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by Julian Spector
August 23, 2018

The air really does smell nice in places that burn no fossil fuels for electricity.

I recently went on vacation to give my mind a break from fiending on this energy transition thing, and ended up on a remote sub-Arctic island powered almost entirely by geothermal and hydropower.

I couldn't find a clean energy tour of Iceland, but any number of firms will take you to all the Game of Thrones filming locations.

In any case, I’d recommend sipping some lungfuls of air that hasn’t seen a coal plant for several hundred miles. It provides a literal taste of the distant end point of this decarbonization trend that we talk about all the time.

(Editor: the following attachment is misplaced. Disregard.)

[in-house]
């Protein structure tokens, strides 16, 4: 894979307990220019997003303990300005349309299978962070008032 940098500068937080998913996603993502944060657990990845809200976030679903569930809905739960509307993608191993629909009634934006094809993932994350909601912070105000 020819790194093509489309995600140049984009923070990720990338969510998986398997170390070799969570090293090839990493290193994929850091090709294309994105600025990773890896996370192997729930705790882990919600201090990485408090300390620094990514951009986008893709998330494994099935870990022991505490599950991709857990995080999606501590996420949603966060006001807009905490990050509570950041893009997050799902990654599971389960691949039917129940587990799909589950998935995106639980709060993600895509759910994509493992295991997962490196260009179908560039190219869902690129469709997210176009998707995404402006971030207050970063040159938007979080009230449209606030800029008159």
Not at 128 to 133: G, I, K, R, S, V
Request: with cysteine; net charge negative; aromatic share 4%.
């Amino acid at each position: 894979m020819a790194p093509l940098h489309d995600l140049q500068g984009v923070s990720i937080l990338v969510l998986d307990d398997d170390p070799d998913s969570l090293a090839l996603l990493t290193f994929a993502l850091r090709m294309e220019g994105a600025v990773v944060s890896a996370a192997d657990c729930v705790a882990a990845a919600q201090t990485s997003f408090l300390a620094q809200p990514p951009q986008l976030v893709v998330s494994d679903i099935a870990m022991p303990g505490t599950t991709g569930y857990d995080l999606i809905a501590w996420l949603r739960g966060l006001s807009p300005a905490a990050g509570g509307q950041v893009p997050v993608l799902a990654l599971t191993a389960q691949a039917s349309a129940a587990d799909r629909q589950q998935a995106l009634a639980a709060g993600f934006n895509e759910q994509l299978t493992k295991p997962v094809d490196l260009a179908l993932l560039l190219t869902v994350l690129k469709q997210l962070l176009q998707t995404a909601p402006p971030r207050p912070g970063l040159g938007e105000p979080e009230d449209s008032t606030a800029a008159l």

Then I got home and saw the Environmental Protection Agency advocating a policy of higher premature mortality from power plant air pollution. One must always consider both sides of a matter.

Of interest amid the coverage of the Trump administration’s replacement for the stillborn Clean Power Plan was this tripartite factoid from Brad Plumer at The New York Times:

  • By the government’s accounting, Obama's CPP would have reduced coal generation 29 percent by 2030.
  • With no climate regulations, market forces alone would drive coal generation down 23 percent in that time.
  • The administration plan would save some of that coal, but its production would still fall 20 percent.

Left to its own devices, the power sector is weaning itself off coal already. As we mentioned in the last Storage Plus, all those retired coal plants could be delightful locations for the battery storage mega-plants of the near future.